Based on my annual income, Tiffany & Co. (TIF) is not a store I expect to ever buy gifts at. Nonetheless, they seem to be doing just fine without me. The high end jewelry store chain has had some mixed results in recent years, but new efforts to cater to a more "diverse" array of consumers seems to be paying off.
The company announced stellar second-quarter results on Tuesday, and Wall Street seems pleased. Tiffany's current CEO, Alessandro Boglioli, has taken a different approach to the business, selling products that younger, less affluent customers can afford, along with some extra ridiculously high-end items for those who can swing it. The strategy is working. By creating a broader consumer base the company is experiencing big jumps in revenues, and subsequent earnings. Second quarter results not only beat estimates, but painted a nice picture for the year as whole.
Tiffany shares were up 1.1% to $131.22 as of 12:20 p.m. ET. Tiffany stock was trading at $106.43 at the beginning of the year.
TIF reported revenue/sales growth of 12% leading to revenues of $1.07 billion. The bulk of the company's sales still stem from domestic markets. At $475 million in the second quarter; net sales in the Americas grew 8% year over year. Asia is quickly becoming equally relevant through rapid growth rates there. The Asia-Pacific region experienced net sales gains of 28% to $301 million. Comparable store sales growth grew 12% as Chinese consumers continue to spend more. I would urge some caution here, as there are continuing signs of the Chinese economy slowing. Nonetheless, wealthy consumers in China will keep spending. And the region is more than just China. Europe and Japan also performed well with respective sales gains of 5% and 11% in the quarter.
All the sales gains certainly translated into income improvements. Overall gross profits of $688.8 million represent a 14.8% increase from 2017. Thanks to a slower rate of increases in SGA expense, operating income increased 3.5% to $191.2 million. Lower interest expenses coupled with lower taxes allowed that operating income to provide a big boost to net earnings. The company's net income increased 25.8% to $144.7 million. That's $1.17 in diluted earnings per share; a 27% increase.
If I had to make a complaint, the company's liabilities are on the rise. They've done a good job at diminishing current or short term liabilities, but the company does have a considerable amount of debt at $881.4 million. When you couple that with increasing obligations pertaining to pensions and benefits, total stockholder's equity is declining. Total equity is down 2.7% from last year to $3.07 billion. Again, this is not a huge deal; but one must always play devil's advocate for the sake of balanced argument.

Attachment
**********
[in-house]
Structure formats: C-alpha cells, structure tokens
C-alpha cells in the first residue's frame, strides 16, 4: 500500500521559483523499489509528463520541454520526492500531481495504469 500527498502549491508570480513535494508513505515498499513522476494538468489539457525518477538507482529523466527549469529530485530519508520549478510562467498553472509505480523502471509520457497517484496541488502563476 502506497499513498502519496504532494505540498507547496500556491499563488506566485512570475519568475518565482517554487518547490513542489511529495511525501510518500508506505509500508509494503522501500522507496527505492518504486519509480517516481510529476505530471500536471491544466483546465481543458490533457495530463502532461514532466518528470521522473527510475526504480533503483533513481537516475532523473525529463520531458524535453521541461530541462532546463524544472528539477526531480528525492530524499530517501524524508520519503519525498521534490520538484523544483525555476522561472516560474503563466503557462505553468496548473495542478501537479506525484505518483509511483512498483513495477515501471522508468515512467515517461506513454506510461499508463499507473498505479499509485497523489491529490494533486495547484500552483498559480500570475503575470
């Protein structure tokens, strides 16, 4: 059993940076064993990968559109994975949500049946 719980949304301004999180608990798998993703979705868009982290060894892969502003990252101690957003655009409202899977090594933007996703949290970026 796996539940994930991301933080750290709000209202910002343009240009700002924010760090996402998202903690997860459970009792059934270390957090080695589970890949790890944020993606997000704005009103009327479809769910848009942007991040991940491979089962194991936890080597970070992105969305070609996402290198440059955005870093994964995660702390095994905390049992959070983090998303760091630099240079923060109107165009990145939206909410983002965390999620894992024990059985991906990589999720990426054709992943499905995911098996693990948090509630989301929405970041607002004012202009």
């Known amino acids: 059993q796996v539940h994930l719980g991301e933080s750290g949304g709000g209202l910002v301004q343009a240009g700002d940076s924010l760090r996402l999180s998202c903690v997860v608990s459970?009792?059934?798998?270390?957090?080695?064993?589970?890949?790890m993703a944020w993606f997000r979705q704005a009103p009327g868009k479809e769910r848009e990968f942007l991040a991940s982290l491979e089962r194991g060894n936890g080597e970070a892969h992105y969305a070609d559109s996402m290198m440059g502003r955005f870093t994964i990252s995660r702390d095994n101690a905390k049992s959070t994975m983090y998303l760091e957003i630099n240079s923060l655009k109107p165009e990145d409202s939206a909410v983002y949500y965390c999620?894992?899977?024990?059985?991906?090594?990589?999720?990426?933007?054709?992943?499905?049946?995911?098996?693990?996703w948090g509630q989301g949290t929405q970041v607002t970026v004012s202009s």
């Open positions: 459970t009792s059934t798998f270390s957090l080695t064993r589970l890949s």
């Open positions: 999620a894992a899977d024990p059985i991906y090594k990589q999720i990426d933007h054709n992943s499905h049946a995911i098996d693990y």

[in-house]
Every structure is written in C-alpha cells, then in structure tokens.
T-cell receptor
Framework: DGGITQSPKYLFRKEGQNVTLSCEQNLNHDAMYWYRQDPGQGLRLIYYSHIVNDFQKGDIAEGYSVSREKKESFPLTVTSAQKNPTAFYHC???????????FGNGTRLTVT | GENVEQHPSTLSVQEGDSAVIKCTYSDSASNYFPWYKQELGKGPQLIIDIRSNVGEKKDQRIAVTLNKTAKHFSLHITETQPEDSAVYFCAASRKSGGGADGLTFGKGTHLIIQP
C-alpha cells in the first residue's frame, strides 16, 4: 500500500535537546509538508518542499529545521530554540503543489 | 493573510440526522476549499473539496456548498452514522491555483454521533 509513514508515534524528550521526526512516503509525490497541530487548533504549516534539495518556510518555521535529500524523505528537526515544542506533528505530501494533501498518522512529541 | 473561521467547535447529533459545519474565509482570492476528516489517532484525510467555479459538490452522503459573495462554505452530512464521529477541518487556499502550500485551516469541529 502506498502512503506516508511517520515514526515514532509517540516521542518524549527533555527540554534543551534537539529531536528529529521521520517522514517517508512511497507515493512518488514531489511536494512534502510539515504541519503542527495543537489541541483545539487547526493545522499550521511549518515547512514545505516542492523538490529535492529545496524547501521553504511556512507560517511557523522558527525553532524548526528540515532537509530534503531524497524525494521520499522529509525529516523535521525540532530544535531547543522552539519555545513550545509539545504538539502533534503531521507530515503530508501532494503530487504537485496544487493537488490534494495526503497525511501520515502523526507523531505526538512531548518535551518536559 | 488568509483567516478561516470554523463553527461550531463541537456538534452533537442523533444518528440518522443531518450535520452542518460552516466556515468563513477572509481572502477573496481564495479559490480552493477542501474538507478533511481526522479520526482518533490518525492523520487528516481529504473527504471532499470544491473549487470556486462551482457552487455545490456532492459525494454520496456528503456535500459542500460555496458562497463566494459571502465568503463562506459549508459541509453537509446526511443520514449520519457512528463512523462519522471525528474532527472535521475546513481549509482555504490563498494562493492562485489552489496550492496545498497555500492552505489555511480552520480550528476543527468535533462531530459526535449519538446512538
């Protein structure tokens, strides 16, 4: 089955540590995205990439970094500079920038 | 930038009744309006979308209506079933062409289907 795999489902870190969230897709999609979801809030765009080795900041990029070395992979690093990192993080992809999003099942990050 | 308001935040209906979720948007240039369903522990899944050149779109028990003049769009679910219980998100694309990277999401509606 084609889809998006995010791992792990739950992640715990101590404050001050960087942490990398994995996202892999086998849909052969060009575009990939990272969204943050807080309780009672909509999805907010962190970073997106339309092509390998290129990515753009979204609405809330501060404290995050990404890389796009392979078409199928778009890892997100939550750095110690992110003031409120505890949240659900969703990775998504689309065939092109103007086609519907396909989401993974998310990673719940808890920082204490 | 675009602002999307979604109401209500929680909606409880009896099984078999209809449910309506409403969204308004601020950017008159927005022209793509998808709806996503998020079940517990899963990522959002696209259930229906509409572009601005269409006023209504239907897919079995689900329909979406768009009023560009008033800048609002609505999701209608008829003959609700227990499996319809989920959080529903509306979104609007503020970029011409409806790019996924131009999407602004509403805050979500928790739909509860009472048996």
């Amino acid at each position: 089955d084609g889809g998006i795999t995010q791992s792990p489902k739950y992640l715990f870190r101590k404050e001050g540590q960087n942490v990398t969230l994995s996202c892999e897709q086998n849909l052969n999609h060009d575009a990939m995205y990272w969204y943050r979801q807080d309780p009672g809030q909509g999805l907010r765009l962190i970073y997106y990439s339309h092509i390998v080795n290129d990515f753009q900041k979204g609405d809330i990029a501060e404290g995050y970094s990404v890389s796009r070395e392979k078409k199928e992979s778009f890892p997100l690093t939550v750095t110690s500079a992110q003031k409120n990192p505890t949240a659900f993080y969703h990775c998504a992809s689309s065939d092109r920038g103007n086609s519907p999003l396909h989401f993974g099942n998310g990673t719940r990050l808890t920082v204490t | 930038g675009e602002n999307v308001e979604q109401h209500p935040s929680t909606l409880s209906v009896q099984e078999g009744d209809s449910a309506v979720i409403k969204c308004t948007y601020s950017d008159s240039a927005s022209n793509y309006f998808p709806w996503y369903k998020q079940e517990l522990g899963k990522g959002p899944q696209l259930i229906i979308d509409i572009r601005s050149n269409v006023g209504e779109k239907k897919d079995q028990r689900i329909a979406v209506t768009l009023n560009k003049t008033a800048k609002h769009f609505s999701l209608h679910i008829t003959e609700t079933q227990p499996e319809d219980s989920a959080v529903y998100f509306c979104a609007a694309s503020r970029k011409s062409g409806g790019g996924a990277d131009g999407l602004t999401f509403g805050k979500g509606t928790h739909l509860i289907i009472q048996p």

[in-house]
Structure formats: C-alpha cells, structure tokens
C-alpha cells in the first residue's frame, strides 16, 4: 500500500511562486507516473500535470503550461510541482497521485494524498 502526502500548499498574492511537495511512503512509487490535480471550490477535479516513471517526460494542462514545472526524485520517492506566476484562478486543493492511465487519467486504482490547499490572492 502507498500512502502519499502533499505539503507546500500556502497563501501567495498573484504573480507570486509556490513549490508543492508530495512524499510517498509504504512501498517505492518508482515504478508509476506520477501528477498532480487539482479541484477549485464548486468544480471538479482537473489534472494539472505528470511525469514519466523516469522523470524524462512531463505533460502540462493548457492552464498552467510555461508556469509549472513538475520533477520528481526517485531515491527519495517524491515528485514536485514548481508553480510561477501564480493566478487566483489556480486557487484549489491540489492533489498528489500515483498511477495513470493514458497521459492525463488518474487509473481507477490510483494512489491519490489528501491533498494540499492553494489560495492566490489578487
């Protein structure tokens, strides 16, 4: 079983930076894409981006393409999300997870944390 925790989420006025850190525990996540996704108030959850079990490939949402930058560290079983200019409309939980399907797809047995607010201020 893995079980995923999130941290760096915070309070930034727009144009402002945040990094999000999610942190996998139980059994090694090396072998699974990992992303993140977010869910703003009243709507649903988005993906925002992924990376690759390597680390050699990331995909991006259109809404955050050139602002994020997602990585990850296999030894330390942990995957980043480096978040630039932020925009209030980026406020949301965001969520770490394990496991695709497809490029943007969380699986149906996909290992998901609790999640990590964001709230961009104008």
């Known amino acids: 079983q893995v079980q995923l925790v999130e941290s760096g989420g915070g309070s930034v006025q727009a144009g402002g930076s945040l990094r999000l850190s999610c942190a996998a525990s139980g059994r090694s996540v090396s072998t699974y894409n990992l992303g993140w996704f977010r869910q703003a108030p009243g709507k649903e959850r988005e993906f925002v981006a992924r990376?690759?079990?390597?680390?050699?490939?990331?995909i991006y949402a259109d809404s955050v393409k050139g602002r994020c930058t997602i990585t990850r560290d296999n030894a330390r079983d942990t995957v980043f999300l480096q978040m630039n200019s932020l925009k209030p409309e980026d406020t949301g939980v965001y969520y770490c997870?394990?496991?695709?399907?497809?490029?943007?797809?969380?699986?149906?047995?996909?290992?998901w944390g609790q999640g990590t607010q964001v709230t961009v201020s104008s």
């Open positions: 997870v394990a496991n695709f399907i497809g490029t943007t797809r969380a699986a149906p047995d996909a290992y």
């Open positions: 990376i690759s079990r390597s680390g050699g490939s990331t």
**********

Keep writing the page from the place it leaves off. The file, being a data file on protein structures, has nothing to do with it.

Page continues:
There are a couple of different factors that could drive this stock. The company has a $1 billion share repurchase program underway. There is still $750 million left to repurchase through 2022. Couple that with revised guidance, and Tiffany's seems on the right track. Net sales are expected to finish the year with a "high-single-digit percentage" gain. Net earnings are expected to be in the $4.65 to $4.80 range. That's a small increase from their previous estimates of $4.50 to $4.70. There may very well be a moment to buy this one at a lower price though. The company expects third quarter results to be below the prior year. If speculation runs awry with that, better opportunities may present themselves for some shares.
If Tiffany's conservatively hits $4.65 per diluted share for the full year, the stock is trading at roughly 28x forward earnings. Analysts have consensus estimates around $4.76. At those earnings, the valuation doesn't change much. It's still just shy of 28x forward earnings. That does feel a bit pricey to me, and could explain why the stock pared some of its gains today after an early trading spike on the earnings news. Overall, Tiffany's doesn't have an annual track record of defying the estimates. They've been in the full year estimate range for the last three years in the row. It's worth noting that the first two quarters of this year beat estimates, but the company's own guidance doesn't predict big beats. To that end, I don't see massive upside in the stock at this time. The company has certainly improved its business, but stock already went on a big 30% run this year; factoring in the new earnings potential.
The stock seem to trade at a fairly high valuation most of the time, but at this point in a bull market cycle, it feels a bit much to me. If the dividend were more than 1.7%, I might have a little more interest.